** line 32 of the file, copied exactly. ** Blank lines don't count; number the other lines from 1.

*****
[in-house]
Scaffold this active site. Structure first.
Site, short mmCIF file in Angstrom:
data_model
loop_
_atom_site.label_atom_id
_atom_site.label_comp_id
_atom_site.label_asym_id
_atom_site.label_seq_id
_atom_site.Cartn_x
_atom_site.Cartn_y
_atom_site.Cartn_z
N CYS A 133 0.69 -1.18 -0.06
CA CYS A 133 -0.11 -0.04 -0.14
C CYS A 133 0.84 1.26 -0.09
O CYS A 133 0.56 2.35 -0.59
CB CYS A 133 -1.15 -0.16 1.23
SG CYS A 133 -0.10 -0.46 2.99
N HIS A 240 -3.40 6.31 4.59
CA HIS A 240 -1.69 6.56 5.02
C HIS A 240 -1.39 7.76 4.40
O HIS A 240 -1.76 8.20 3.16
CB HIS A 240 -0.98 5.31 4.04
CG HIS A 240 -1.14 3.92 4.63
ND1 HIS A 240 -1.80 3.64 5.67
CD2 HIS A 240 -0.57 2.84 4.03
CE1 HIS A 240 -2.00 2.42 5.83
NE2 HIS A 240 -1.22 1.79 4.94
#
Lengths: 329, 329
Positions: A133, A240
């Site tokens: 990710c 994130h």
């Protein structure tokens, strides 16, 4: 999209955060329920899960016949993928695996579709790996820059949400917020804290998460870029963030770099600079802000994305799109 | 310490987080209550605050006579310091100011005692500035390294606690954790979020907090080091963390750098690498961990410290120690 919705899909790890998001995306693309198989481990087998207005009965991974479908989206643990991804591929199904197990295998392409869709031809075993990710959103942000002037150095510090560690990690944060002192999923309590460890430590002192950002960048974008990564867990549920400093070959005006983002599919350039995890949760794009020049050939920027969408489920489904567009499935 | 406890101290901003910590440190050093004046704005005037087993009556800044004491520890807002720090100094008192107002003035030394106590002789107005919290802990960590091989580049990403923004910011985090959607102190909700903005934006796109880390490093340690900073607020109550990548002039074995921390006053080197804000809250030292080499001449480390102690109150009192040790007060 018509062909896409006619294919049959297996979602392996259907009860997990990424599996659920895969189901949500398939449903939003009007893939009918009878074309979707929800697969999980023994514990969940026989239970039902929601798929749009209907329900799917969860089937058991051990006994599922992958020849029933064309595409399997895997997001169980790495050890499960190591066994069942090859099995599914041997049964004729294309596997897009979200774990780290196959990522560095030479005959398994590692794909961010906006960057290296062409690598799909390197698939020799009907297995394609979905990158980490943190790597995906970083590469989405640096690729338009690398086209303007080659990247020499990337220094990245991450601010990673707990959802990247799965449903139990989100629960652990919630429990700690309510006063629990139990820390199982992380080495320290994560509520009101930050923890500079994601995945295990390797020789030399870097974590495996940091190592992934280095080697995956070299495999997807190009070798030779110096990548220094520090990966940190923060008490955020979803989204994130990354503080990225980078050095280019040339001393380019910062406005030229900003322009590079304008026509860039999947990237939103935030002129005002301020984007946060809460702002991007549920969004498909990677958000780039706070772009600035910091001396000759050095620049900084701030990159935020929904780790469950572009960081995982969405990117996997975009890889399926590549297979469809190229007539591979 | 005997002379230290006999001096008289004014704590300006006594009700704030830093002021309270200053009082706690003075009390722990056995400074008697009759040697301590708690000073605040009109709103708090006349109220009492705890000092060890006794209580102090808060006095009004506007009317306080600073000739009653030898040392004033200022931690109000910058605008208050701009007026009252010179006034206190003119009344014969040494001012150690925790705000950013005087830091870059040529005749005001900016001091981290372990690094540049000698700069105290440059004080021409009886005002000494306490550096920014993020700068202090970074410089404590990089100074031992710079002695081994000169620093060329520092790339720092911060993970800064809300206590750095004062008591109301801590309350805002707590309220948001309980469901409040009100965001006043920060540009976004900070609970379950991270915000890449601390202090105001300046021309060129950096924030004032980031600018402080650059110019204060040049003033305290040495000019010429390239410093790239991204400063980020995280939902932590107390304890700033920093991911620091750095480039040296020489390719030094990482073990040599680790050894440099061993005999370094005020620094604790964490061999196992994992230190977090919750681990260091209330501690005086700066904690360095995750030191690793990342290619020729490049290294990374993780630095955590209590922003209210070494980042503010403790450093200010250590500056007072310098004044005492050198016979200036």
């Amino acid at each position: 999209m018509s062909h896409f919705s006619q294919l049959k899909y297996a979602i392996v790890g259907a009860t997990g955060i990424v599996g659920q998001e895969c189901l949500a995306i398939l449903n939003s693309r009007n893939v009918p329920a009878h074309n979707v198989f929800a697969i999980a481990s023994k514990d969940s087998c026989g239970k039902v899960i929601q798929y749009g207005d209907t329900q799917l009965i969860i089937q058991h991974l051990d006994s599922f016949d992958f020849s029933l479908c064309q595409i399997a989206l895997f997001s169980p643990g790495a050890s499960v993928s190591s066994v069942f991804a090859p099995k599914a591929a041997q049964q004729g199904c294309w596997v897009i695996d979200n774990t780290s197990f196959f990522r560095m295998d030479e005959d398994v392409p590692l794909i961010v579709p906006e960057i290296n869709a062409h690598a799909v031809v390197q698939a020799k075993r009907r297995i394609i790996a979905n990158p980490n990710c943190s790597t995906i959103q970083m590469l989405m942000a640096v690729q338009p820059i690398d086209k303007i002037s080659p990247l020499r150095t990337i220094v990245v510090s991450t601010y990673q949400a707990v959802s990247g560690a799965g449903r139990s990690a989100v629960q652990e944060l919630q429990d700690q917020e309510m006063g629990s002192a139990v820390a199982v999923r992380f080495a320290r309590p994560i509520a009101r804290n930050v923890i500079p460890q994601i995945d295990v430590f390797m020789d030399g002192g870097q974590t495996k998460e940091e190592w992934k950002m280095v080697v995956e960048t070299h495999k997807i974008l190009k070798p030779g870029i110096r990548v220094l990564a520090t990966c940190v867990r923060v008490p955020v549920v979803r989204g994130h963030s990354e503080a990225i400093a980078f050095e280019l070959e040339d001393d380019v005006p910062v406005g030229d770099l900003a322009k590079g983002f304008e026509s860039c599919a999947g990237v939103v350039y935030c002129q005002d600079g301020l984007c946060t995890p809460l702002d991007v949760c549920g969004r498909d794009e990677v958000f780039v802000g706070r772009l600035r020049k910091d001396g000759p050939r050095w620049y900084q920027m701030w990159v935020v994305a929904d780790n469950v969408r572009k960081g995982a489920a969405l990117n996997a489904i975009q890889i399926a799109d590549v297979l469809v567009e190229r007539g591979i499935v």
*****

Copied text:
């Site tokens: 990710c 994130h």